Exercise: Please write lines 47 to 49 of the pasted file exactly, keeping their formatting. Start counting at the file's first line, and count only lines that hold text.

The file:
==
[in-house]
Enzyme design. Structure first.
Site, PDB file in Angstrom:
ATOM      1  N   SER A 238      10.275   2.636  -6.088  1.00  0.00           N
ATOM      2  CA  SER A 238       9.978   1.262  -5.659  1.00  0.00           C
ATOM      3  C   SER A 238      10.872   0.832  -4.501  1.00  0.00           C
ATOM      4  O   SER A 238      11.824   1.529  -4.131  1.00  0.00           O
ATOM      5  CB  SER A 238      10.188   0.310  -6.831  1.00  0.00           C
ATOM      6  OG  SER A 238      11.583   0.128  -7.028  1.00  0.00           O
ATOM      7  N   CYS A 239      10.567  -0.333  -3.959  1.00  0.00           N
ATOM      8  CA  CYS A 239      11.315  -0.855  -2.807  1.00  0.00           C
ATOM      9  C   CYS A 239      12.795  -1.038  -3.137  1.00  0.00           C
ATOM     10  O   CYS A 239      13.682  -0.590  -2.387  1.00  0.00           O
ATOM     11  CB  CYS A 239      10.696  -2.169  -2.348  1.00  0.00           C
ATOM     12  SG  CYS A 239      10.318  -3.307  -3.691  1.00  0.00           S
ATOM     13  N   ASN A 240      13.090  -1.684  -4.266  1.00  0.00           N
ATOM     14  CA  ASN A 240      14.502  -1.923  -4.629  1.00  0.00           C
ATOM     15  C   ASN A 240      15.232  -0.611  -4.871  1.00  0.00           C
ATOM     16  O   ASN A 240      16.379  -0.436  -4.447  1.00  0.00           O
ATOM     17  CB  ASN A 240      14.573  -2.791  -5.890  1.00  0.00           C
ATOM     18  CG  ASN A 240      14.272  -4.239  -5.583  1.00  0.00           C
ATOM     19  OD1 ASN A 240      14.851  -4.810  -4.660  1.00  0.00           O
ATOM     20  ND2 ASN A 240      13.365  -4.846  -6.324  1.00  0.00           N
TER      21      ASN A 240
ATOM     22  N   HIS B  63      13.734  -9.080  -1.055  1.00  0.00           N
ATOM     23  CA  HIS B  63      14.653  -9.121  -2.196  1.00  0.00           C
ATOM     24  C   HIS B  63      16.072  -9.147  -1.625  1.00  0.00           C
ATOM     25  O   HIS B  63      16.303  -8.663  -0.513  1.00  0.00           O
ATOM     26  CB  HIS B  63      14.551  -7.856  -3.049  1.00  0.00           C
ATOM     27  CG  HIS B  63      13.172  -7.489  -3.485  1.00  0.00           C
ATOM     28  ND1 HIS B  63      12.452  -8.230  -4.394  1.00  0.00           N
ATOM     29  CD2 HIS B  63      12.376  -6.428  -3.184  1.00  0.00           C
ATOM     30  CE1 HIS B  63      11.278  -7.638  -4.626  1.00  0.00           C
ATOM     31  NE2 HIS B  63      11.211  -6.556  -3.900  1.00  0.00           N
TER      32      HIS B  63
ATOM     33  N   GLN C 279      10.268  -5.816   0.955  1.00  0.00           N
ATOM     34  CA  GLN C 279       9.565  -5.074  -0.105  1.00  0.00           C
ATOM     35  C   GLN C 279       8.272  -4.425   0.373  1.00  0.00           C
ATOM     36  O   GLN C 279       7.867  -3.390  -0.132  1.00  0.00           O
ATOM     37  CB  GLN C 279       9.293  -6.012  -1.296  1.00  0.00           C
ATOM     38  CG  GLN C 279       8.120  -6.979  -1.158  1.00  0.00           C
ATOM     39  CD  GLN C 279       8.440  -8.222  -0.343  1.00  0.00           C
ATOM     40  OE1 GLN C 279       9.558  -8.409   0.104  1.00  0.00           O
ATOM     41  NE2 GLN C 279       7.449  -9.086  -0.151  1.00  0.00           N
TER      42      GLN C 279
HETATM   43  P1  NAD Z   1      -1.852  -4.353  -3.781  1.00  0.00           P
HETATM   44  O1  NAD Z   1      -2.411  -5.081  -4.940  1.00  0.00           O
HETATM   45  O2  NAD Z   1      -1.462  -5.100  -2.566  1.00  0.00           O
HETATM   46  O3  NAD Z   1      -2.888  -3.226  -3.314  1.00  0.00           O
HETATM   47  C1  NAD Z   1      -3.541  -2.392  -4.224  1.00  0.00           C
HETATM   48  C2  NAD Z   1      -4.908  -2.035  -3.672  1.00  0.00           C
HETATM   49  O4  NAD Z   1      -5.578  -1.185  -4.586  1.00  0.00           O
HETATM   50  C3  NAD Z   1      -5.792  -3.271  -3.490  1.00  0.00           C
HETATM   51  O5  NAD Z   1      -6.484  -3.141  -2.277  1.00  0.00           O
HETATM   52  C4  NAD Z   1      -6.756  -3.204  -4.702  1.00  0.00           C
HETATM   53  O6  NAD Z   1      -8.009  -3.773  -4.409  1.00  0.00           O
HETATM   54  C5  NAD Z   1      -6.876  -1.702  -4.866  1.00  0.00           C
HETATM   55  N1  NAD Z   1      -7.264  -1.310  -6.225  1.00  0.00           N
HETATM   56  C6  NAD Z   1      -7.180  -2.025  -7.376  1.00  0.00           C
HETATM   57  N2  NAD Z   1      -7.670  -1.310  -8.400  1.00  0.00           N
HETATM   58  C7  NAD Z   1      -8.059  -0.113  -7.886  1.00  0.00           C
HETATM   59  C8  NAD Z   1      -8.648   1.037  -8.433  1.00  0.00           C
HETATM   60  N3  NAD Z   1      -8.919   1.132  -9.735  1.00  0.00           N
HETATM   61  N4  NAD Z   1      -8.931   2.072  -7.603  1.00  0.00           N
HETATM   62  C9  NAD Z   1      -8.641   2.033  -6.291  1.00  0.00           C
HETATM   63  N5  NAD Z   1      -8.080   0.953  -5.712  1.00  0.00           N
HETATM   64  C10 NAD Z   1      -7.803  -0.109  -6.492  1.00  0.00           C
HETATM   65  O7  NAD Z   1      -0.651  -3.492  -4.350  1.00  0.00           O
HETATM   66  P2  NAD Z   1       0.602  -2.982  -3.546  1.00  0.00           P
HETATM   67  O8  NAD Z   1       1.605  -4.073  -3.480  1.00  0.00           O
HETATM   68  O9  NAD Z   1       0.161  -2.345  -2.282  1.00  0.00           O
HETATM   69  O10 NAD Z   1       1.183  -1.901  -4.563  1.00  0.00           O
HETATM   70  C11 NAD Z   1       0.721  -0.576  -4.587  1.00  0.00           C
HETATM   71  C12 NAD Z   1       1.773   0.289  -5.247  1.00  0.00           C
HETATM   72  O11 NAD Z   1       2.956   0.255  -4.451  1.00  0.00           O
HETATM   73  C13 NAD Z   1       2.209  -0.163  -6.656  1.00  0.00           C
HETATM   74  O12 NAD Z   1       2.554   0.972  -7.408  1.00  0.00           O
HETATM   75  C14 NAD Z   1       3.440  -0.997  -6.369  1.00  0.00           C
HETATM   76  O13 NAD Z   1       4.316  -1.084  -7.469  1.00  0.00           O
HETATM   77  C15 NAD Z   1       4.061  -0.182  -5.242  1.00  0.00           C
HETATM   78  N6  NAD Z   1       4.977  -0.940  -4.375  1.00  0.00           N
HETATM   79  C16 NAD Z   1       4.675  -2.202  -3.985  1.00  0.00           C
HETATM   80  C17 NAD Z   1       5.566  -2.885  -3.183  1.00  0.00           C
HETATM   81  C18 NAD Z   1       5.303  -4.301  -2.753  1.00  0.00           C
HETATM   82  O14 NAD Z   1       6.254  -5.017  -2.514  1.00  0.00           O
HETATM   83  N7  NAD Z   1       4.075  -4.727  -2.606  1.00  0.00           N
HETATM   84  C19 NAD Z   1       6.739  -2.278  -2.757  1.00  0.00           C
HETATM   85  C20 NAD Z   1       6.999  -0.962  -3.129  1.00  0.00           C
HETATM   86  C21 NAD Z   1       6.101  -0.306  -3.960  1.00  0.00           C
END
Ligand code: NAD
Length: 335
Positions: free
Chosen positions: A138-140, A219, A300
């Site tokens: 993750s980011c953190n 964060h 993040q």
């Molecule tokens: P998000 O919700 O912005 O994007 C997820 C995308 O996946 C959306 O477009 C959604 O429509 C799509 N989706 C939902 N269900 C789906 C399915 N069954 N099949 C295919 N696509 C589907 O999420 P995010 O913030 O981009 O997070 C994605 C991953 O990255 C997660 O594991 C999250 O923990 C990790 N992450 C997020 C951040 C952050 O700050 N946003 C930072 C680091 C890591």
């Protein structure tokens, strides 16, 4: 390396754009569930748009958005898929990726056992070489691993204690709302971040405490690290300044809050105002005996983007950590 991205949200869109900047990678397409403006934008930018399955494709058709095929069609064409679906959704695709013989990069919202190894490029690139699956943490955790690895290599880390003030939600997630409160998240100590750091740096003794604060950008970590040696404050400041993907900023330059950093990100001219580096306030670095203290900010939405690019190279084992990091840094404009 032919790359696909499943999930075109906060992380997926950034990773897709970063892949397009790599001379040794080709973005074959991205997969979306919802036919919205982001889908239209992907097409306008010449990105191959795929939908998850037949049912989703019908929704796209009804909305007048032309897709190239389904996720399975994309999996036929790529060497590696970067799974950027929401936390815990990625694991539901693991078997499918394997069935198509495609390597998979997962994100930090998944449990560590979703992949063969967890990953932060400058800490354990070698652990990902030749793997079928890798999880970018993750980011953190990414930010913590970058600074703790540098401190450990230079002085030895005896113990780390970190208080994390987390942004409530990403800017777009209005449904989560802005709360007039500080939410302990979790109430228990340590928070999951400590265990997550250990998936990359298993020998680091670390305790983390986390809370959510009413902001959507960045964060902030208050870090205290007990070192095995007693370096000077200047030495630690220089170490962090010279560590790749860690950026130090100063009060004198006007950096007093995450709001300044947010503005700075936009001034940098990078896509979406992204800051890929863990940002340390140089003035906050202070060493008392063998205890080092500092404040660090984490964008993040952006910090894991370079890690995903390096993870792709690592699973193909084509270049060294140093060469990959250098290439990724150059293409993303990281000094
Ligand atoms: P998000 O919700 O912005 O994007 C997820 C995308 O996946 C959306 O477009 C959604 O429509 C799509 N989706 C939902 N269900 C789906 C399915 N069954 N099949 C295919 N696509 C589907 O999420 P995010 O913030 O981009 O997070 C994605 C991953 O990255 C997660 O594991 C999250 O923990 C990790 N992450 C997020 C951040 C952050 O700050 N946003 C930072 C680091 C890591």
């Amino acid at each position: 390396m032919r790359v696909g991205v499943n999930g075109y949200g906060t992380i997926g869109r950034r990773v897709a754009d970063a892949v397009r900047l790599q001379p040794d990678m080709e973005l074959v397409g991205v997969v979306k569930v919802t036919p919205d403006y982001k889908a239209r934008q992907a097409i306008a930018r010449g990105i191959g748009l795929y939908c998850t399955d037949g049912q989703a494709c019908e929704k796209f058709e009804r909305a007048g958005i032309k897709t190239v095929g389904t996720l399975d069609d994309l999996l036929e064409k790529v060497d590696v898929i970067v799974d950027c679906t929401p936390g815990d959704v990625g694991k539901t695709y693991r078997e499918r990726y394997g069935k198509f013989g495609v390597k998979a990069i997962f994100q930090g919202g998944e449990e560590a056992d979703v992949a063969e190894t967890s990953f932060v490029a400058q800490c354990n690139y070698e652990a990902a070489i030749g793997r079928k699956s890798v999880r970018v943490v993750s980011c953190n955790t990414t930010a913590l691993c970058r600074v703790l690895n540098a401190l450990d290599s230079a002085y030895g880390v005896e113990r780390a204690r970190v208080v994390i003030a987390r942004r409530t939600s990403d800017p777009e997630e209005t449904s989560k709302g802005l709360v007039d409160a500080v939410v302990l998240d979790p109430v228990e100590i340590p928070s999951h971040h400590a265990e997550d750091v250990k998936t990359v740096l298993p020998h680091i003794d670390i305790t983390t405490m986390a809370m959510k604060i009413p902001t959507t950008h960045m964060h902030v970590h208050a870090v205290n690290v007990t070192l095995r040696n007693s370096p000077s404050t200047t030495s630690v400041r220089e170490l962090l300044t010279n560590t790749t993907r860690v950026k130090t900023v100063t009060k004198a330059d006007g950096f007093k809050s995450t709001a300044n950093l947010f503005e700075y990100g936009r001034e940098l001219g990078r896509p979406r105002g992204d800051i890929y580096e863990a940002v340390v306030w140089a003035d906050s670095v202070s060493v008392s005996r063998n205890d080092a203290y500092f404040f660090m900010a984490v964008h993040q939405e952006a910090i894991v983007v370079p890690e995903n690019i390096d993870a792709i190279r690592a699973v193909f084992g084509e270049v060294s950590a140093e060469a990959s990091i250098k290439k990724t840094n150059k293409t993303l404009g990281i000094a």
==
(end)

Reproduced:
HETATM   44  O1  NAD Z   1      -2.411  -5.081  -4.940  1.00  0.00           O
HETATM   45  O2  NAD Z   1      -1.462  -5.100  -2.566  1.00  0.00           O
HETATM   46  O3  NAD Z   1      -2.888  -3.226  -3.314  1.00  0.00           O